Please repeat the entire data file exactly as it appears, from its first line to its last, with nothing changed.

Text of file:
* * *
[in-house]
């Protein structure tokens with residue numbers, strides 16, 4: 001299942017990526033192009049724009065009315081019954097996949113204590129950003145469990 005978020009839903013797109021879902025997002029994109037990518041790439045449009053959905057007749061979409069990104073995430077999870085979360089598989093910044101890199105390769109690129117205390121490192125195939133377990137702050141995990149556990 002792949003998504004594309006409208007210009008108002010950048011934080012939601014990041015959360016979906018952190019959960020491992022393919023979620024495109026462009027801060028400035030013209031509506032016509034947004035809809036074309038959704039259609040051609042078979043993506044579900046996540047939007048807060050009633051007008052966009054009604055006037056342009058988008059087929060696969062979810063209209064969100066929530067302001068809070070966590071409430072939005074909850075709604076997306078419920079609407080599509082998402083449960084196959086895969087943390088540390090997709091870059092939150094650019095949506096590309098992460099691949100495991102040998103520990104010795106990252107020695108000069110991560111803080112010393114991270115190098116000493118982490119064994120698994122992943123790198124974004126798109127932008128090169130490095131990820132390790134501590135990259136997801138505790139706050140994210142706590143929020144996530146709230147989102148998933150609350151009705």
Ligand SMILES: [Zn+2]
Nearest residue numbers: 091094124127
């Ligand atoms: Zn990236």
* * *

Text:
[in-house]
């Protein structure tokens with residue numbers, strides 16, 4: 001299942017990526033192009049724009065009315081019954097996949113204590129950003145469990 005978020009839903013797109021879902025997002029994109037990518041790439045449009053959905057007749061979409069990104073995430077999870085979360089598989093910044101890199105390769109690129117205390121490192125195939133377990137702050141995990149556990 002792949003998504004594309006409208007210009008108002010950048011934080012939601014990041015959360016979906018952190019959960020491992022393919023979620024495109026462009027801060028400035030013209031509506032016509034947004035809809036074309038959704039259609040051609042078979043993506044579900046996540047939007048807060050009633051007008052966009054009604055006037056342009058988008059087929060696969062979810063209209064969100066929530067302001068809070070966590071409430072939005074909850075709604076997306078419920079609407080599509082998402083449960084196959086895969087943390088540390090997709091870059092939150094650019095949506096590309098992460099691949100495991102040998103520990104010795106990252107020695108000069110991560111803080112010393114991270115190098116000493118982490119064994120698994122992943123790198124974004126798109127932008128090169130490095131990820132390790134501590135990259136997801138505790139706050140994210142706590143929020144996530146709230147989102148998933150609350151009705």
Ligand SMILES: [Zn+2]
Nearest residue numbers: 091094124127
């Ligand atoms: Zn990236």